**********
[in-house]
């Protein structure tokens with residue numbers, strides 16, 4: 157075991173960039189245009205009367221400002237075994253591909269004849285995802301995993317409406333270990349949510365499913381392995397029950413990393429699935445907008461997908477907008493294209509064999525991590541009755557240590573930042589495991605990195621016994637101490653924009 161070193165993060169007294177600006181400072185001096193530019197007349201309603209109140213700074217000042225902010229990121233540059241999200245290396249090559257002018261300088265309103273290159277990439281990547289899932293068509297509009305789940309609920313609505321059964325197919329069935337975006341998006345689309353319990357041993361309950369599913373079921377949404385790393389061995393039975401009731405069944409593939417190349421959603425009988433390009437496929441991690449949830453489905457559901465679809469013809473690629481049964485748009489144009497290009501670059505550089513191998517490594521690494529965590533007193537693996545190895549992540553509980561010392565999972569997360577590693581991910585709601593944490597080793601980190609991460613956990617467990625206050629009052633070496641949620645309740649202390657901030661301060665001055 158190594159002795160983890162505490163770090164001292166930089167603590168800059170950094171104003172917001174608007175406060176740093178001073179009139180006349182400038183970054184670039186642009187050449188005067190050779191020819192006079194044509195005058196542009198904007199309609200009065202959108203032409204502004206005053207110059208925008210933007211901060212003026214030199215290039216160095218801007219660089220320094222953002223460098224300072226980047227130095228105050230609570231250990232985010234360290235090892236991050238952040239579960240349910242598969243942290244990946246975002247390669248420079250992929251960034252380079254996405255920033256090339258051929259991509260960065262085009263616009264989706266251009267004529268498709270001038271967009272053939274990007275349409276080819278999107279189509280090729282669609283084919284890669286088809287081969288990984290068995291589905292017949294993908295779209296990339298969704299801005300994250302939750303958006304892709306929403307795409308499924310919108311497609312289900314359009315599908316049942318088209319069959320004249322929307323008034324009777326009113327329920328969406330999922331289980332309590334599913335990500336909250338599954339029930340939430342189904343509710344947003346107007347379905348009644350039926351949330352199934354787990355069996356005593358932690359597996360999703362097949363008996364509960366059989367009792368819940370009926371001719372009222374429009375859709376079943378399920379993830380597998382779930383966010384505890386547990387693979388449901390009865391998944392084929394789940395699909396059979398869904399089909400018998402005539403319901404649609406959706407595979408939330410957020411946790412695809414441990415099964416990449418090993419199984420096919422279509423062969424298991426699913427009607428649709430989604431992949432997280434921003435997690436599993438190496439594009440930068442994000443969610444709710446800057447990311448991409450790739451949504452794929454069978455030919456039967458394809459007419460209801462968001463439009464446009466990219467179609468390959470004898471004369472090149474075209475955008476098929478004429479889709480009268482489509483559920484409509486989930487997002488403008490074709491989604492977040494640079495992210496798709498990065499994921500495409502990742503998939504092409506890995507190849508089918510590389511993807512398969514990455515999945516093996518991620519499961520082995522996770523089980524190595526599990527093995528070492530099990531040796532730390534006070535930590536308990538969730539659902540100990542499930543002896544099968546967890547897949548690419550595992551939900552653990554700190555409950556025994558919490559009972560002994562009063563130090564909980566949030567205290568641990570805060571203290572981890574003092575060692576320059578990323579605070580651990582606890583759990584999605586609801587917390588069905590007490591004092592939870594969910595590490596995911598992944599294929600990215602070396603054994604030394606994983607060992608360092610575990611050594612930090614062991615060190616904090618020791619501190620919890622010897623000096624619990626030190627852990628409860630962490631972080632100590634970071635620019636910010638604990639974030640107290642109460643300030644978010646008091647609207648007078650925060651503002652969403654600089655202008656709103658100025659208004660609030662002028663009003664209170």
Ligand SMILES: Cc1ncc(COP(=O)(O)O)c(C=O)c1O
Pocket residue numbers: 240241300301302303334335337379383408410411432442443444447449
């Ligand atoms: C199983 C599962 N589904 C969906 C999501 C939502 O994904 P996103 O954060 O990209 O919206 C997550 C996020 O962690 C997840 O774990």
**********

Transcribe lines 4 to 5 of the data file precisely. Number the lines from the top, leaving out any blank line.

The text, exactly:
Pocket residue numbers: 240241300301302303334335337379383408410411432442443444447449
């Ligand atoms: C199983 C599962 N589904 C969906 C999501 C939502 O994904 P996103 O954060 O990209 O919206 C997550 C996020 O962690 C997840 O774990």